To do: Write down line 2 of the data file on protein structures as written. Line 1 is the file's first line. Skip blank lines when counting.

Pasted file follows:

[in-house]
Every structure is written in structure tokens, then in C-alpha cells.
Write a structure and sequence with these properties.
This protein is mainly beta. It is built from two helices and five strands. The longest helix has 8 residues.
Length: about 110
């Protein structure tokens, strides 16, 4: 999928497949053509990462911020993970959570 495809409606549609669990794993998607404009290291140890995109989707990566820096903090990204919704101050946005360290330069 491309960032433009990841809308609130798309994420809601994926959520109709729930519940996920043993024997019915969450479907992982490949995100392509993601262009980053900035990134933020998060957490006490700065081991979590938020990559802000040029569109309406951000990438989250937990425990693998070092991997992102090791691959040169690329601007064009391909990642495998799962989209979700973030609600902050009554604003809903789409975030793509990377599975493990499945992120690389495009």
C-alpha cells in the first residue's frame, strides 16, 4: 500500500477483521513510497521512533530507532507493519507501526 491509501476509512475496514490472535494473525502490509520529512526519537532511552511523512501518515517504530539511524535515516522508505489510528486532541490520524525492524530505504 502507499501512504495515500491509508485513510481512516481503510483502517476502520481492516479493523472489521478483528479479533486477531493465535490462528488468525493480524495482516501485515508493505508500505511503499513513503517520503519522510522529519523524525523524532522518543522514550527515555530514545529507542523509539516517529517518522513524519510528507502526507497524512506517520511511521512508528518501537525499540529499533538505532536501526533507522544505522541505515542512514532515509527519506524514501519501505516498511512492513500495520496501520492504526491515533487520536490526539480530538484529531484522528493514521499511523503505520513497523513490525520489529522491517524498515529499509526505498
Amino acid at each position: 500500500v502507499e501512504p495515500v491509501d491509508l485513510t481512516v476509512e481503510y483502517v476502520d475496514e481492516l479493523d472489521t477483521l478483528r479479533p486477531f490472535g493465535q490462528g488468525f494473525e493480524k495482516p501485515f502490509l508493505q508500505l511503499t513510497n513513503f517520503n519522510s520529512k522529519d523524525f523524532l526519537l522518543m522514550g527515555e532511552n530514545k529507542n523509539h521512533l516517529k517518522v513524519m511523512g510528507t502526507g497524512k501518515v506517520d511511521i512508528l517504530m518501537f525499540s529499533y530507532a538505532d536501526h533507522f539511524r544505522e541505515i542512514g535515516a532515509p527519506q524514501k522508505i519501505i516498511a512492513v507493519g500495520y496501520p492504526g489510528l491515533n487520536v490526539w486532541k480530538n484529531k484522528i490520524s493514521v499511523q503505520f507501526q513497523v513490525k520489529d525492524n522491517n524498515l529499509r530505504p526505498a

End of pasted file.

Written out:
Every structure is written in structure tokens, then in C-alpha cells.